On one side: excitement, excess, stimulation, mystery. On the other: safety, security, comfort, familiarity. Sex, romance, intimacy—all the things promised by finding the right match on an online dating site—drink from both. And so does the very experience of online dating. On the one hand finding a match and getting a lovely email from someone with a hot picture and an intriguing profile provides only a squirt of exitement, however much you may think you want a torrent. But on the other, well, there’s not a whole lot at risk. Sitting in your pj-s at your computer in the solitary comfort of your own home is pretty comfortable. You’re able to get a charge that is worth it because you are not really put that much on the line.
– From an article on Psychology Today about why online dating sites are designed to be play with our search for love by creating a “sweet spot” where the possibilities are endless while browsing in the comfort of our own home.
Similar read: Are We Wired to Love Google, Twitter and Grindr?
The BAR sent a wonderful writer to cover the hooking up panel in which I participated this summer at the GLBT History Museum. I had the honor of speaking next to historian Martin Meeker and Berkeley professor Juana Maria Rodriguez (who is my soul sister after writing “Confessions of a Latina Cyberslut” hello!)
Reporter Peter Hernandez (a self-affirmed “boy toy” fan) wrote:
“You can get a blowjob as easy as you can get a pizza delivered,” said Oscar Raymundo, the youngest panelist and blogger at Queerty and GayCities.com. He offered a critical perspective on Grindr and Scruff, criticizing the rapid growth of virtual hook-up websites seen in developments like Grindr’s recent expansion to 100 employees, and questioning the legitimacy of online dating.
Raymundo also read from his upcoming novel titled Confessions of a Boy Toy, in which a forebodingly-titled biotech app called Stalkr replaces Grindr, and in which physical connections are often limited to a handshake that grades the romantic chemistry between two people.
The importance of “living in the moment” and embracing the tangible, physical world seeped into each panelist’s musings…
Read the entire story at eBar.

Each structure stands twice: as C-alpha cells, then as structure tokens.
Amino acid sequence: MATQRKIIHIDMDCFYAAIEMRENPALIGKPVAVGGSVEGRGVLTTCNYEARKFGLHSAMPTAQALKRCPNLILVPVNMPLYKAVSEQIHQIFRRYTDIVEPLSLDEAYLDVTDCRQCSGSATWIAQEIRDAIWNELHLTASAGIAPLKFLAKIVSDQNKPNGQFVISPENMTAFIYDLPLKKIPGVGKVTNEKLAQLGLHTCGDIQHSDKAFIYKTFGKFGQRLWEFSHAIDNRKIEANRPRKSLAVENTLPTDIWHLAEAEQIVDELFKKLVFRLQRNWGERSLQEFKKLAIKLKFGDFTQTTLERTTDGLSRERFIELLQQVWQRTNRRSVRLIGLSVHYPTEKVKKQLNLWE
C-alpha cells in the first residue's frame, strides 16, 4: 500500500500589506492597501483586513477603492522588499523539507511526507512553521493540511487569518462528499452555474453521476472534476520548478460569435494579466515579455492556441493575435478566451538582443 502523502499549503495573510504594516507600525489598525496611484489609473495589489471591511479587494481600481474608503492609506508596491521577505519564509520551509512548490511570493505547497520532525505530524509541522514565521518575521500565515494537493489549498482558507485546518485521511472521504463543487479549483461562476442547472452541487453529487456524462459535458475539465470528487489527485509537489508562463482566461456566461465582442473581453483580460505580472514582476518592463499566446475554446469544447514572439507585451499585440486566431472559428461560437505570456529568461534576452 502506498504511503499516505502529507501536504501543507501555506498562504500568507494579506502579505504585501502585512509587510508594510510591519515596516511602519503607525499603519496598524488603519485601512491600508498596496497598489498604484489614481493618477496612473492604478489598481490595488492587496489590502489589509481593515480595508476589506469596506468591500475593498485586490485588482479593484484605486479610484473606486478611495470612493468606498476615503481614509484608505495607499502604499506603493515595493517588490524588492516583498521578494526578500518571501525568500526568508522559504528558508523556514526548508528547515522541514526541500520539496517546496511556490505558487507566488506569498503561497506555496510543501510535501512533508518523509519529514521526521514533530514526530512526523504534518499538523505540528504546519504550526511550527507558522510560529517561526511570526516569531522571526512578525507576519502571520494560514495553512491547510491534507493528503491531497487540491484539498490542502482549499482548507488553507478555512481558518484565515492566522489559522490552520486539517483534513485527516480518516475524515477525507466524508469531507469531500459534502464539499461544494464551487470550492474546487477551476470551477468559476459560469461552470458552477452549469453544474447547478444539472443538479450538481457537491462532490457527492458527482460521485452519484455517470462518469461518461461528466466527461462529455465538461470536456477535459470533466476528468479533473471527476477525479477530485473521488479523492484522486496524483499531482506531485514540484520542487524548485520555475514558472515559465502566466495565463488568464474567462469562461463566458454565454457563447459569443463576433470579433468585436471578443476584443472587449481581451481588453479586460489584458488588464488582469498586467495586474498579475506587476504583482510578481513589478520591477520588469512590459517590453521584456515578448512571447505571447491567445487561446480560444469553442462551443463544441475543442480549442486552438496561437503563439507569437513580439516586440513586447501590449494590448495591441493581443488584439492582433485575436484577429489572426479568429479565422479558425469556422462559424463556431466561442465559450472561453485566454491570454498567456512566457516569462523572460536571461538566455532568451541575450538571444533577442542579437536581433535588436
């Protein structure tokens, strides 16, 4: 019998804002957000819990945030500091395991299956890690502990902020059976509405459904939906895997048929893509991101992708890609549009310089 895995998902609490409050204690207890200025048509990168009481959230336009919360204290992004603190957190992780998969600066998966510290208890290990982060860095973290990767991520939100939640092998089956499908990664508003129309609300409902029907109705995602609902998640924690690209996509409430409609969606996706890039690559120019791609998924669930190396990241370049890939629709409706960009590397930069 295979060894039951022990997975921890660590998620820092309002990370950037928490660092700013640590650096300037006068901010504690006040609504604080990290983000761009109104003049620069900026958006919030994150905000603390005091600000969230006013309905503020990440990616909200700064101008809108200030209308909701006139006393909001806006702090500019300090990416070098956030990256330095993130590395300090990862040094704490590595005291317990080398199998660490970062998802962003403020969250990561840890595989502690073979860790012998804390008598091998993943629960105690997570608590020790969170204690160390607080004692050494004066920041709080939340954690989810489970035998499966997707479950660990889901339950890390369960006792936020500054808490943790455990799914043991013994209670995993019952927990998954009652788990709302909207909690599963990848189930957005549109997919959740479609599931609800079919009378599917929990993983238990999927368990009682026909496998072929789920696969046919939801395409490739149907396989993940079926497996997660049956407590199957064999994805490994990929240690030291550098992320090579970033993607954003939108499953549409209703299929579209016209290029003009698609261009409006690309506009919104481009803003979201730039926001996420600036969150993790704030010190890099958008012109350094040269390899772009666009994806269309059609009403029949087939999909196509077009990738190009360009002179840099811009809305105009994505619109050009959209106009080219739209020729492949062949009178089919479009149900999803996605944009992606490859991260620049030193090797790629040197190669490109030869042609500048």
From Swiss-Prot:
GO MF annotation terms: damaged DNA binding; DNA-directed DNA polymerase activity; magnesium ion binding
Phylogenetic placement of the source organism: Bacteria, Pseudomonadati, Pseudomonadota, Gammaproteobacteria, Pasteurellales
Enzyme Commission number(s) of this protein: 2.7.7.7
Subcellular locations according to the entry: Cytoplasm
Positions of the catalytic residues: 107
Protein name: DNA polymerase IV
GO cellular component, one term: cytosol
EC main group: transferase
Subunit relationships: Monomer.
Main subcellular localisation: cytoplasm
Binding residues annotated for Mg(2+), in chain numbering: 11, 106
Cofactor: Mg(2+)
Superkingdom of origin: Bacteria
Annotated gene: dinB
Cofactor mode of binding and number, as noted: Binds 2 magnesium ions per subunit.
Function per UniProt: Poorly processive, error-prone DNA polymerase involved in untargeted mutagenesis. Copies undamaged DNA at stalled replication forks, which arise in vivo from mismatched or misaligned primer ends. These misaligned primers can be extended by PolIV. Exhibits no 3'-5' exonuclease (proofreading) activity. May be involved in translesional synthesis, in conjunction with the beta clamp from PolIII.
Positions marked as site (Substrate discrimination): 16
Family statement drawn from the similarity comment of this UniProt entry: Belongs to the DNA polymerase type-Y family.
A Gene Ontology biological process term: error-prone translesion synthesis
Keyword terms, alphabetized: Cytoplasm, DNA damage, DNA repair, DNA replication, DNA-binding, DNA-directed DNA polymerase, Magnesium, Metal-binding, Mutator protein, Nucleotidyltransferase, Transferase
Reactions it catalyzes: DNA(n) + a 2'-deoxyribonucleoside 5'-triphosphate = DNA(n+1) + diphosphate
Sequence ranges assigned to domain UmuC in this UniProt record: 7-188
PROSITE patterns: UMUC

Nothing says I love you and I’m sorry like “look I went out of my way to be romantic by resorting to a centuries-old courtship ritual. So here are these beautiful yet unique flowers that match, not only your room, but also your personality. Will you blog about them?”
All cheekiness aside, flowers are a great way to show someone you really care. And don’t mark “must get flowers” on the calendar around an anniversary or Valentine’s Day, you don’t need to wait for society-sanctioned permission to come home with a bundle of love. In fact, I’d argue that flowers when least expected tend to get the most welcomed response. It makes every day of your relationship worthy of a special celebration.
For the longest time, I was mopey around the subject of getting flowers from an admirer, mostly because I had never gotten them. Then I realized that maybe I shouldn’t wait around for my prince charming to strut in wielding a bountiful bouquet — I could just as easily get on that horse. After all, it’s more emotional gratifying to be a proactive romantic than a hopeless one.
BOY TOYS TALK BACK: When was the last time you got somebody flowers? What was the special occasion? What type of flowers were they?
It’s starting to get really hot in the dungy Parisian club, and I can feel my shirt sticking to my sweaty back. The boys and I go over to the bar to order another round. He turns to me and says something in French, something he knows I won’t understand. The sentence is too complex, and the vocabulary is nothing they’d teach me in college. But maybe it’s his body language, how he got closer to me with every syllable uttered, or his facial expressions, how his eyebrows rose with excitement after certain words, or his eyes, how he looked at me and then down at my jeans. I may not understand what he says, but I know exactly what he means.
Excerpt, Confessions of a Boy Toy
Photo: Gerard Estadella
This Thursday, July 26, I will take part in a conversation about how gays have always been creative and resourceful in the art of hooking up. The event is being organized by the GLBT History Museum in the Castro and promises to be very interesting. More from the event:
From phone numbers on bathroom walls to posts on Facebook walls, GLBT people have found creative ways to use technology to facilitate hooking up, whether for an hour or a lifetime. This intergenerational conversation about the devices and tactics queer men and women have used to find sexual and romantic connections is the first installment in The GLBT History Museum’s new Making History Now series.
The panelists include historian Martin Meeker, author of Contacts Desired: Gay and Lesbian Community and Communications, 1940s-1970s, queer theorist Juana Maria Rodriguez, associate professor of gender and women’s studies at Berkeley and author of Queer Latinidad: Identity Practices, Discursive Spaces… and me! I will be sharing my expertise on Grindr, GuysWithiPhones and the meaning behind getting poked on Facebook. Hope you can join us!
Queer Sex and Technology: Thursday, July 26 from 7pm to 9pm at the GLBT History Museum (4127 18th Street, San Francisco).